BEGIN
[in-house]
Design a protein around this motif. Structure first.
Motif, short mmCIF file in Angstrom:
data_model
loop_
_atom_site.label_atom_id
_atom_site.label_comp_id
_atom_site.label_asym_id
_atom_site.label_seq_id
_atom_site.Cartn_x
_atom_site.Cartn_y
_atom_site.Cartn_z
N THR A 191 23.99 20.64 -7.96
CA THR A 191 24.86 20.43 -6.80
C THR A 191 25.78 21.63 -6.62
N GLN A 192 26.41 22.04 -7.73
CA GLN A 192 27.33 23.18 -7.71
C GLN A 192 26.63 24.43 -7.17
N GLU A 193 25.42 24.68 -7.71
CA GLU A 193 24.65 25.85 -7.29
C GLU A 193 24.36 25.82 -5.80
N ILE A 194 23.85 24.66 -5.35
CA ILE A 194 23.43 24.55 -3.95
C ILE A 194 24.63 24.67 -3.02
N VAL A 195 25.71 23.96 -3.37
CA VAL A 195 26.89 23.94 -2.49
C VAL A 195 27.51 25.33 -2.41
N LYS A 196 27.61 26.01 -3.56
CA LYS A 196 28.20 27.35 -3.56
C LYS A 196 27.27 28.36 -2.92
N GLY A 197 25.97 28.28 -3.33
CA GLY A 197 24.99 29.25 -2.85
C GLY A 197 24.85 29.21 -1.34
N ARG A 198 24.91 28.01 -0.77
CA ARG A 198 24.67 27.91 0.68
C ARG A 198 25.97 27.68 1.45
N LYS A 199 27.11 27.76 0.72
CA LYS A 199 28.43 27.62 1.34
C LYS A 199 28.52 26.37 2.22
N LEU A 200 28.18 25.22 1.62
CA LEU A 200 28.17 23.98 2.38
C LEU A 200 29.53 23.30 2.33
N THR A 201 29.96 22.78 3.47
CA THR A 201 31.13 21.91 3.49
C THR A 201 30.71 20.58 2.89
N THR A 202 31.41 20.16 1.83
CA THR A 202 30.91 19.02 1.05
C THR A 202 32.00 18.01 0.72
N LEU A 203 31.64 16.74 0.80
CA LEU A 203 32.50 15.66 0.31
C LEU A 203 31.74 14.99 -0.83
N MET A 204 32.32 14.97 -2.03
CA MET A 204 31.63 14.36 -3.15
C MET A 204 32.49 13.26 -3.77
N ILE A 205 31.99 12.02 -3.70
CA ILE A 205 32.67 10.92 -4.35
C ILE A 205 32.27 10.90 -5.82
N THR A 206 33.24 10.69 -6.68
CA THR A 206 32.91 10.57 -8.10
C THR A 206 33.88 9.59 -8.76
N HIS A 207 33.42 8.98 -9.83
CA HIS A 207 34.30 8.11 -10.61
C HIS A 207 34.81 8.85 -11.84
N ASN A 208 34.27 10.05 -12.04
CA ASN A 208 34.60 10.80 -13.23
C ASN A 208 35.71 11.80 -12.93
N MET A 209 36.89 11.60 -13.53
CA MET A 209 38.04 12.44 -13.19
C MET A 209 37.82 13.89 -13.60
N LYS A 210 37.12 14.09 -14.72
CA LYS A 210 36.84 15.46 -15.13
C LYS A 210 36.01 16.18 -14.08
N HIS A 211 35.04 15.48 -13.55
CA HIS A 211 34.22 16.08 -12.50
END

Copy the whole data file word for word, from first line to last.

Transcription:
[in-house]
Design a protein around this motif. Structure first.
Motif, short mmCIF file in Angstrom:
data_model
loop_
_atom_site.label_atom_id
_atom_site.label_comp_id
_atom_site.label_asym_id
_atom_site.label_seq_id
_atom_site.Cartn_x
_atom_site.Cartn_y
_atom_site.Cartn_z
N THR A 191 23.99 20.64 -7.96
CA THR A 191 24.86 20.43 -6.80
C THR A 191 25.78 21.63 -6.62
N GLN A 192 26.41 22.04 -7.73
CA GLN A 192 27.33 23.18 -7.71
C GLN A 192 26.63 24.43 -7.17
N GLU A 193 25.42 24.68 -7.71
CA GLU A 193 24.65 25.85 -7.29
C GLU A 193 24.36 25.82 -5.80
N ILE A 194 23.85 24.66 -5.35
CA ILE A 194 23.43 24.55 -3.95
C ILE A 194 24.63 24.67 -3.02
N VAL A 195 25.71 23.96 -3.37
CA VAL A 195 26.89 23.94 -2.49
C VAL A 195 27.51 25.33 -2.41
N LYS A 196 27.61 26.01 -3.56
CA LYS A 196 28.20 27.35 -3.56
C LYS A 196 27.27 28.36 -2.92
N GLY A 197 25.97 28.28 -3.33
CA GLY A 197 24.99 29.25 -2.85
C GLY A 197 24.85 29.21 -1.34
N ARG A 198 24.91 28.01 -0.77
CA ARG A 198 24.67 27.91 0.68
C ARG A 198 25.97 27.68 1.45
N LYS A 199 27.11 27.76 0.72
CA LYS A 199 28.43 27.62 1.34
C LYS A 199 28.52 26.37 2.22
N LEU A 200 28.18 25.22 1.62
CA LEU A 200 28.17 23.98 2.38
C LEU A 200 29.53 23.30 2.33
N THR A 201 29.96 22.78 3.47
CA THR A 201 31.13 21.91 3.49
C THR A 201 30.71 20.58 2.89
N THR A 202 31.41 20.16 1.83
CA THR A 202 30.91 19.02 1.05
C THR A 202 32.00 18.01 0.72
N LEU A 203 31.64 16.74 0.80
CA LEU A 203 32.50 15.66 0.31
C LEU A 203 31.74 14.99 -0.83
N MET A 204 32.32 14.97 -2.03
CA MET A 204 31.63 14.36 -3.15
C MET A 204 32.49 13.26 -3.77
N ILE A 205 31.99 12.02 -3.70
CA ILE A 205 32.67 10.92 -4.35
C ILE A 205 32.27 10.90 -5.82
N THR A 206 33.24 10.69 -6.68
CA THR A 206 32.91 10.57 -8.10
C THR A 206 33.88 9.59 -8.76
N HIS A 207 33.42 8.98 -9.83
CA HIS A 207 34.30 8.11 -10.61
C HIS A 207 34.81 8.85 -11.84
N ASN A 208 34.27 10.05 -12.04
CA ASN A 208 34.60 10.80 -13.23
C ASN A 208 35.71 11.80 -12.93
N MET A 209 36.89 11.60 -13.53
CA MET A 209 38.04 12.44 -13.19
C MET A 209 37.82 13.89 -13.60
N LYS A 210 37.12 14.09 -14.72
CA LYS A 210 36.84 15.46 -15.13
C LYS A 210 36.01 16.18 -14.08
N HIS A 211 35.04 15.48 -13.55
CA HIS A 211 34.22 16.08 -12.50